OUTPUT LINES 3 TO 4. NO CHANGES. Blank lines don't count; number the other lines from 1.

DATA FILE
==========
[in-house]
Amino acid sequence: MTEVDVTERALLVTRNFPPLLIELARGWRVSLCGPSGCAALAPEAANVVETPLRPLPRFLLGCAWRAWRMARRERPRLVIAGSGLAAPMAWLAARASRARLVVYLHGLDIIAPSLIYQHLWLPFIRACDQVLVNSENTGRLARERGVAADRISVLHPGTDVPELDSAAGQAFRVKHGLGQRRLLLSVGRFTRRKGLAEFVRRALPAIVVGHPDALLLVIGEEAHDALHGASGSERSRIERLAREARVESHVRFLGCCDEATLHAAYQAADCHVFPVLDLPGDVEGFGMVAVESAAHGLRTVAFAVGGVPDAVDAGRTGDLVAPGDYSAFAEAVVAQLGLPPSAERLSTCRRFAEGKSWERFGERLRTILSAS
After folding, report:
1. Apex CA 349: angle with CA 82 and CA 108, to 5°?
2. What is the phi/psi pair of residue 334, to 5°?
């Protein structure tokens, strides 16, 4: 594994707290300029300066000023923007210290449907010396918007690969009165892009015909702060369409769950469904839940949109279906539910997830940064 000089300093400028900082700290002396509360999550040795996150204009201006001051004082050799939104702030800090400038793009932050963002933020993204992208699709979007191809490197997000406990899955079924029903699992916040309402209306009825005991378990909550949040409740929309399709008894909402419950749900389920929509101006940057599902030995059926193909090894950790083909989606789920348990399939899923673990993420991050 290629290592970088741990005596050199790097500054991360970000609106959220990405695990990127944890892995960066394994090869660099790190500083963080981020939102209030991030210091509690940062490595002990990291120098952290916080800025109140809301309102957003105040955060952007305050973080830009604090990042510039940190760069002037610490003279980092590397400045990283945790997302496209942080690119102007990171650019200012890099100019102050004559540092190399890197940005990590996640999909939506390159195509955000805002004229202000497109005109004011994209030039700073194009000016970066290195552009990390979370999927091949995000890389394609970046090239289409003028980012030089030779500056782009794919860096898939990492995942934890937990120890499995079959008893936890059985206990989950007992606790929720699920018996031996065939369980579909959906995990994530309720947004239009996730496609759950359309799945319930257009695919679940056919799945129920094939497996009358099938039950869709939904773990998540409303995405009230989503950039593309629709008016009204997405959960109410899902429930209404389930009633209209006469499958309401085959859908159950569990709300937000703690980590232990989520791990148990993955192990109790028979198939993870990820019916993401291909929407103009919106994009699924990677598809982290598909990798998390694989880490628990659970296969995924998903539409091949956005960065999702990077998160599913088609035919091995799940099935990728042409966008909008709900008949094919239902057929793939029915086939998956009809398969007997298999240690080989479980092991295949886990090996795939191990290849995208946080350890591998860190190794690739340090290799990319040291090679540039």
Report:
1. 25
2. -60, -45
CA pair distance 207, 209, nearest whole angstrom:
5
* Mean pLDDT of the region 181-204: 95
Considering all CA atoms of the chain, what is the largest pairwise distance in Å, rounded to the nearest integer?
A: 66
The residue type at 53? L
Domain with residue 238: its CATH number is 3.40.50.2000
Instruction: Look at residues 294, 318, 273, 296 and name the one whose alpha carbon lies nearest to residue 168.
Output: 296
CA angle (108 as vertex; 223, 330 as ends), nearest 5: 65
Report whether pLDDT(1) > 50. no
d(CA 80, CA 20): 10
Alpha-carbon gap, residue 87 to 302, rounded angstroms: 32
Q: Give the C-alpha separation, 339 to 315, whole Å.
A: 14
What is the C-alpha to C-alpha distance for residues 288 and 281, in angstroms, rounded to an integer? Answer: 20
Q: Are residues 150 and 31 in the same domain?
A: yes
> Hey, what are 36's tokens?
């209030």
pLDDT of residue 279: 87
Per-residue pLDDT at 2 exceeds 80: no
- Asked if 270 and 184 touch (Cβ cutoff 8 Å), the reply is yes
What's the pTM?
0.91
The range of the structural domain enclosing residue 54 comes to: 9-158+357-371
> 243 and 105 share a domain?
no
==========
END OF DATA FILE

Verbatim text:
After folding, report:
1. Apex CA 349: angle with CA 82 and CA 108, to 5°?